Lou Barletta, citing grandson with cancer, lashes out at Bob Casey over health-care campaign ad
U.S. Rep. Lou Barletta assails U.S. Sen. Bob Casey Jr. for criticizing him on health-care policy in a new ad while Barletta's 18-month-old grandson undergoes chemotherapy for cancer.
The race for the U.S. Senate in Pennsylvania took a deeply personal turn this weekened with sick children serving as political proxies in the national debate about health care in America.
U.S. Rep Lou Barletta, the Republican nominee, assailed U.S. Sen. Bob Casey Jr. for a "hurtful, insensitive" new campaign ad that struck close to home because his 18-month-old grandson is being treated with chemotherapy for cancer.
Casey, a Democrat from Scranton seeking a third term, put out three new campaign ads with supporters criticizing Barletta for a 2017 vote on legislation that would have allowed health insurance companies to charge customers much higher rates if they had pre-existing medical conditions.
One of the three ads featured Stacie Ritter of Manheim in Lancaster County, explaining the fear her family felt when her twin daughters were stricken with cancer.
"Thank God we had health insurance," Ritter says in the ad. "But if Lou Barletta has his way, kids like mine could be denied the care they need."
Barletta, the former mayor of Hazleton, took to Twitter on Sunday afternoon in an emotionally charged video, recounting how he told Casey and his wife a month ago about his grandson's medical condition. Barletta's grandson, Jordan, is also a twin.
"It's disgusting," Barletta said, appearing close to tears at the end of the 2-minute, 12-second video. "I'm ashamed. He should be ashamed. He's hurt my family. And the commercial should come down. Shame on him."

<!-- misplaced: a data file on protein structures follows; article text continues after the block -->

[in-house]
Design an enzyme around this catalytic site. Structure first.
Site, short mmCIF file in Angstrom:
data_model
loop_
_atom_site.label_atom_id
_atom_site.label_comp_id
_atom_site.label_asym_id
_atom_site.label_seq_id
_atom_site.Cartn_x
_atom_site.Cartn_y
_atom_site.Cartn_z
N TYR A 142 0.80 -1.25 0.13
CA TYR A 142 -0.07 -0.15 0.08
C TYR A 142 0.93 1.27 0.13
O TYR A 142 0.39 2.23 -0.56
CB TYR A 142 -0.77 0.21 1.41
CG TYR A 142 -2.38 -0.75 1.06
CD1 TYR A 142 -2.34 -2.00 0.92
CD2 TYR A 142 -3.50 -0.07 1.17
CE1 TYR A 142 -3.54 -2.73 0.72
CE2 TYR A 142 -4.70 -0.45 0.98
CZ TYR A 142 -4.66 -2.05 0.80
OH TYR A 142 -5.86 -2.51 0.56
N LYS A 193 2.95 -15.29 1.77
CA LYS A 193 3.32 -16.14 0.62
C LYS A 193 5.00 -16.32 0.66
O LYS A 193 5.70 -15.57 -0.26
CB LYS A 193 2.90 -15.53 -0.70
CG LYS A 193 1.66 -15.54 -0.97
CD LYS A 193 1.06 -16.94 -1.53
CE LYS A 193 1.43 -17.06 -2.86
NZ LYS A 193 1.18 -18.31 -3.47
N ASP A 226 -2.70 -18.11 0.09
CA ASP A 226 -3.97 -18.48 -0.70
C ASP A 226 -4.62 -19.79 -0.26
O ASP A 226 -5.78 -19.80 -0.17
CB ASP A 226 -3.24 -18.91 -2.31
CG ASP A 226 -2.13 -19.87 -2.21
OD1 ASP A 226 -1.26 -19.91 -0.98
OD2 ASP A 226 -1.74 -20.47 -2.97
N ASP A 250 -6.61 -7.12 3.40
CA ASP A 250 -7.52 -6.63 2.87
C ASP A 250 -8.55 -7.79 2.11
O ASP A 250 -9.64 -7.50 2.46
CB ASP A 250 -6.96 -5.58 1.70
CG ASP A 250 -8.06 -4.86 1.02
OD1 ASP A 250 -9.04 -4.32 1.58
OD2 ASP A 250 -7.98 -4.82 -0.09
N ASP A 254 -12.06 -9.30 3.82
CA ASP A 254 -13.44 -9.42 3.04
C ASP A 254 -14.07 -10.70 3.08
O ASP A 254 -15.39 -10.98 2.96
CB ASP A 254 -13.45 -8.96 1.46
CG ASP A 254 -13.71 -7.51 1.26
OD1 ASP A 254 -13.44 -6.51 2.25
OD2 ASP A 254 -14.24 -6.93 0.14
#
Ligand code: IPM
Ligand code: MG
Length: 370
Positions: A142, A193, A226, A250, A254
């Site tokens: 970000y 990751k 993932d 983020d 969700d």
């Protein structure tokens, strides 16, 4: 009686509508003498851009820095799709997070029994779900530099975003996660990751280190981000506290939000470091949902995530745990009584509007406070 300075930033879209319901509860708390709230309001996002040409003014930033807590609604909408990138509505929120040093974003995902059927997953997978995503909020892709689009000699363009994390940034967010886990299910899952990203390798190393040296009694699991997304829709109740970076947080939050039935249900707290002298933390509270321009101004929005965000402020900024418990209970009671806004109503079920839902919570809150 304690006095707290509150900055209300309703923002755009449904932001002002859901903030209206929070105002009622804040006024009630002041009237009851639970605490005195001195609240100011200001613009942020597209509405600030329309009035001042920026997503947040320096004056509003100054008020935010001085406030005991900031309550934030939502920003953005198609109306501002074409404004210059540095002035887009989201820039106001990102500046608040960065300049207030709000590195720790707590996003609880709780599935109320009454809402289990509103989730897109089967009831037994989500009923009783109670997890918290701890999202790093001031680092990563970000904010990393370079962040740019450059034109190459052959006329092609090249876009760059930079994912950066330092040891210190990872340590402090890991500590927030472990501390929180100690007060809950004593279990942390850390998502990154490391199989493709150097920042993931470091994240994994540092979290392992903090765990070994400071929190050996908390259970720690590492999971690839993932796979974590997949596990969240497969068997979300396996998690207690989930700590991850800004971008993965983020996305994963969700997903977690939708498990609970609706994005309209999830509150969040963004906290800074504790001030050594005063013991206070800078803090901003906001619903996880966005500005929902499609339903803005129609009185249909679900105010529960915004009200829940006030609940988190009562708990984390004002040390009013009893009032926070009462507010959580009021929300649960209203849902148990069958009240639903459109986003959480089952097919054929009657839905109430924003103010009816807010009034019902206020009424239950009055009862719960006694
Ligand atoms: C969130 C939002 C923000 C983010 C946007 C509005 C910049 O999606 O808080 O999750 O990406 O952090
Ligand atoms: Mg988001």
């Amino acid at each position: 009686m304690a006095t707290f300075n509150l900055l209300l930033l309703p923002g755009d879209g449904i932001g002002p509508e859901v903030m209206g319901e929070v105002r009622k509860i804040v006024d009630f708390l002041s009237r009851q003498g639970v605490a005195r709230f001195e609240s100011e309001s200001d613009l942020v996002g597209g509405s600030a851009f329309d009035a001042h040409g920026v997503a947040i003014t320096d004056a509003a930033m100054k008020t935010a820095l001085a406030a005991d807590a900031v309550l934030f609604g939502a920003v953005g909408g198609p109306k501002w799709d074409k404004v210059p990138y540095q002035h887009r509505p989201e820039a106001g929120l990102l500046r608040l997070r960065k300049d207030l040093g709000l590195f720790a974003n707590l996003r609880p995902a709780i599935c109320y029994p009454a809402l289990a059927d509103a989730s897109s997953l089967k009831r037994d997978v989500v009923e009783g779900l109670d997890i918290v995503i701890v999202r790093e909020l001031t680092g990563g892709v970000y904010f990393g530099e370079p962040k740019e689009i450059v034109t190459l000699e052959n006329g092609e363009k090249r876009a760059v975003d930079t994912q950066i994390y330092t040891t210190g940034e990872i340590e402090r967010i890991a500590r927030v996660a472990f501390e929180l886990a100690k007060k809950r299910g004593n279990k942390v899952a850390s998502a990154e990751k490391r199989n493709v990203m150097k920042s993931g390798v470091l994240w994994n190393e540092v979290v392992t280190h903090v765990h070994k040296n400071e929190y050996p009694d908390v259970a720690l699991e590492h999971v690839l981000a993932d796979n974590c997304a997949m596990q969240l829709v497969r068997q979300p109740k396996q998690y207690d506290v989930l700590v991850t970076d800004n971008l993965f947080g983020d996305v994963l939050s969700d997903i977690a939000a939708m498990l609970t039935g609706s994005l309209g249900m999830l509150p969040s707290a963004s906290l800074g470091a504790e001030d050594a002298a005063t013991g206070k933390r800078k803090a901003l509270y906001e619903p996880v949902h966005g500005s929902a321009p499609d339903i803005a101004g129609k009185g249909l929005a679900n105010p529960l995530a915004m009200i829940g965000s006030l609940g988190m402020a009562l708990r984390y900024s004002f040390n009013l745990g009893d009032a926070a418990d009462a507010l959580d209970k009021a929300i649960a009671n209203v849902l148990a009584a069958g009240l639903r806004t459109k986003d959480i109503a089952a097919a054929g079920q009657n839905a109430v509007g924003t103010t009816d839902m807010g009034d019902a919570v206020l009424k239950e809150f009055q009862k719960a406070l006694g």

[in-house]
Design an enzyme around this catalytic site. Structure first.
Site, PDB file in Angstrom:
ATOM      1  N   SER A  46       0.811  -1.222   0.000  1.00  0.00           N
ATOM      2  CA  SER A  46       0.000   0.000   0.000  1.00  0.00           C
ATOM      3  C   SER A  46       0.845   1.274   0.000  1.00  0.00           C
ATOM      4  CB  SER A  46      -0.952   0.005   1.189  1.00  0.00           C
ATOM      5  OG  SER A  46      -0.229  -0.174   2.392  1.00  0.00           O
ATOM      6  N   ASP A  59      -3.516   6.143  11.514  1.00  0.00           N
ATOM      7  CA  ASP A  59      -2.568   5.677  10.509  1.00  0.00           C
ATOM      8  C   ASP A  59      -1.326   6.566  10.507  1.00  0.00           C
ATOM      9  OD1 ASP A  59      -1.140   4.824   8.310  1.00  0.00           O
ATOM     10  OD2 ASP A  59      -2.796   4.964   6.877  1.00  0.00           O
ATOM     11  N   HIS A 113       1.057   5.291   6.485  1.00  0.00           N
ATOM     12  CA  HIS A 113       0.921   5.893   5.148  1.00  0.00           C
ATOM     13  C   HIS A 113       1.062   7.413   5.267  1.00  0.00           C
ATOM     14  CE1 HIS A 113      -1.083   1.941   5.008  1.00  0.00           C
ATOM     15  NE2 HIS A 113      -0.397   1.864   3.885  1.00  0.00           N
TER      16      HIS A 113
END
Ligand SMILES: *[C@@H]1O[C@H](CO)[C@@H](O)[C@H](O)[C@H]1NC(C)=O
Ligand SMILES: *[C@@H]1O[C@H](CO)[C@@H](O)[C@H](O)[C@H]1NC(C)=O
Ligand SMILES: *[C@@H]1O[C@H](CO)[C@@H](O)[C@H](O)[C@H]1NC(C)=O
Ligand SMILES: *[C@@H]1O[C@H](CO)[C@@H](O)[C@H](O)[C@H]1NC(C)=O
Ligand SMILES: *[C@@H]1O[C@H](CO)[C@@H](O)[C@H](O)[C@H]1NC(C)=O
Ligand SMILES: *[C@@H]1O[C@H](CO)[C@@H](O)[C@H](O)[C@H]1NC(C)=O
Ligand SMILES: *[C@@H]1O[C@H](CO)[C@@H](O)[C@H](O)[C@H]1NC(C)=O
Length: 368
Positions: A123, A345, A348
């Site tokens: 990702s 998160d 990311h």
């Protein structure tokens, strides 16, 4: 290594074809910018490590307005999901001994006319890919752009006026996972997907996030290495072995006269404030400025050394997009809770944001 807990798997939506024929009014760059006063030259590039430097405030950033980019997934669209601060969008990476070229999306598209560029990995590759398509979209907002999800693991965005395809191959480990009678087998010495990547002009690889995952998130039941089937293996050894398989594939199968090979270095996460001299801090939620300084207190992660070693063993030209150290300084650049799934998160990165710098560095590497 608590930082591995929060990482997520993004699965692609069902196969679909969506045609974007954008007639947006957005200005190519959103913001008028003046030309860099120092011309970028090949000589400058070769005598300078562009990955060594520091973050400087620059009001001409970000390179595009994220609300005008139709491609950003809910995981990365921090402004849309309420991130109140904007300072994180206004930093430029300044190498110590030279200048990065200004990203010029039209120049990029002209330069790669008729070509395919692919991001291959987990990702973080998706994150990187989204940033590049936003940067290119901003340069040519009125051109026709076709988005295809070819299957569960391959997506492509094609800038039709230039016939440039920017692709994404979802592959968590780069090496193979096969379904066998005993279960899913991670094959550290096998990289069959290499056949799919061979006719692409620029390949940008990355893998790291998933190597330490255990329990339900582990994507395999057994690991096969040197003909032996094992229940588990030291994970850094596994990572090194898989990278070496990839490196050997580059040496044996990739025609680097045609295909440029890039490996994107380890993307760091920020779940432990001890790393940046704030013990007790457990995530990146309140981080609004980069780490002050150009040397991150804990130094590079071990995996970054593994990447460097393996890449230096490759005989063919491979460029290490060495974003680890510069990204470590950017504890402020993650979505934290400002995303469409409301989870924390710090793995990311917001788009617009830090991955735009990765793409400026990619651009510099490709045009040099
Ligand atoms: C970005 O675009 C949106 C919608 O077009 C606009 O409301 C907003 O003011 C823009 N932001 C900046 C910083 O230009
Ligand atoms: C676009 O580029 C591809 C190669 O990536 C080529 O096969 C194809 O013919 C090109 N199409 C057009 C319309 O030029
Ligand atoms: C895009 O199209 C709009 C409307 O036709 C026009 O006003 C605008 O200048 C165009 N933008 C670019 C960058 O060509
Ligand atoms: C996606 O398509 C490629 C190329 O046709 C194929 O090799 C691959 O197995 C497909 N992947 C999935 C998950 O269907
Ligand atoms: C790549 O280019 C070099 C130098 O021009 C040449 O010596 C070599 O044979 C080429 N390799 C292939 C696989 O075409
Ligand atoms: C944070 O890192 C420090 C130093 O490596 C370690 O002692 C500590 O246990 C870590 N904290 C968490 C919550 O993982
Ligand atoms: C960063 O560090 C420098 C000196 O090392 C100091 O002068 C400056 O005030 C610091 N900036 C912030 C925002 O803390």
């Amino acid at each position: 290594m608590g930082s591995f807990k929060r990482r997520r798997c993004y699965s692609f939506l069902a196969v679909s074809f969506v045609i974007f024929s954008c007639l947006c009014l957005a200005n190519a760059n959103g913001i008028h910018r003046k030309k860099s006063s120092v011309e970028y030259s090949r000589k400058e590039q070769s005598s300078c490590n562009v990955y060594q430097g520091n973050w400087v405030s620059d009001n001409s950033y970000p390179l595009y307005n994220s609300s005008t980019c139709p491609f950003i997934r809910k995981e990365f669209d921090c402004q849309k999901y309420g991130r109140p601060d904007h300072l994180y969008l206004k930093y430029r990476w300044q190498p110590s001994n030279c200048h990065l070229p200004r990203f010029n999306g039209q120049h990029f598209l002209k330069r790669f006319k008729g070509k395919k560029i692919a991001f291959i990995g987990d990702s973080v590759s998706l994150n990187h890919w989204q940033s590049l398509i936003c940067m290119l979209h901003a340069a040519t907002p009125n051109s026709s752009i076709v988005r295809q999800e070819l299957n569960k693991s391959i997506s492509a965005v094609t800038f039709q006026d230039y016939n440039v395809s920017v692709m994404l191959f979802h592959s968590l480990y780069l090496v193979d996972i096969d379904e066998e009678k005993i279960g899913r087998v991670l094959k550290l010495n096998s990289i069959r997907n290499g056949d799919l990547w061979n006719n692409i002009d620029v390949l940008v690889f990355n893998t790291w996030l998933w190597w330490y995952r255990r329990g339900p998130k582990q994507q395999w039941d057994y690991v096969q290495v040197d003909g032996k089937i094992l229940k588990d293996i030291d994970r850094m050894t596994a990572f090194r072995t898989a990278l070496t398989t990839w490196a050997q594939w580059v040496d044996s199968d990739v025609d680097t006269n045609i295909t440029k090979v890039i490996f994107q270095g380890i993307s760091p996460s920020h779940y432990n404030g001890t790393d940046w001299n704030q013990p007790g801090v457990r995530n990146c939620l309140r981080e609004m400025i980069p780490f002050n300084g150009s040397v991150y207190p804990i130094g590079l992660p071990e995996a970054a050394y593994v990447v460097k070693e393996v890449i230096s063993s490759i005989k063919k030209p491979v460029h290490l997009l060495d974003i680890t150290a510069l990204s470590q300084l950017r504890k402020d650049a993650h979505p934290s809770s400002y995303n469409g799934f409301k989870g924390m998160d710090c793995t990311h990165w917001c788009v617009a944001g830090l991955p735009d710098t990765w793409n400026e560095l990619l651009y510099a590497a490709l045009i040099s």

Casey's campaign was quick to point out that he has spoken about Ritter's family for years during the debate about the Patient Protection and Affordable Care Act, also known as Obamacare, and brought her up during a Senate hearing in January 2017.
"Congressman Barletta's votes have real consequences for Pennsylvania families like Stacie's," Casey said in a statement released by his campaign Sunday. "On Election Day, he will be held accountable for his record of voting to end protections for preexisting conditions for 5.3 million Pennsylvanians."
Barletta, like many Republicans in Congress, has voted periodically to overturn Obamacare, which was signed into law in 2010, the same year Barletta was running for his first term. That law offered protections for patients with preexisting conditions, preventing insurance companies from dropping their policies or denying them coverage.
This was long expected to be a line of attack for Democrats against Republicans in this midterm election. Casey's campaign went after Barletta on the issue when the four-term congressman declared his challenge in August 2017.
Barletta's campaign noted that he has supported GOP repeal legislation with protections for people with preexisting conditions.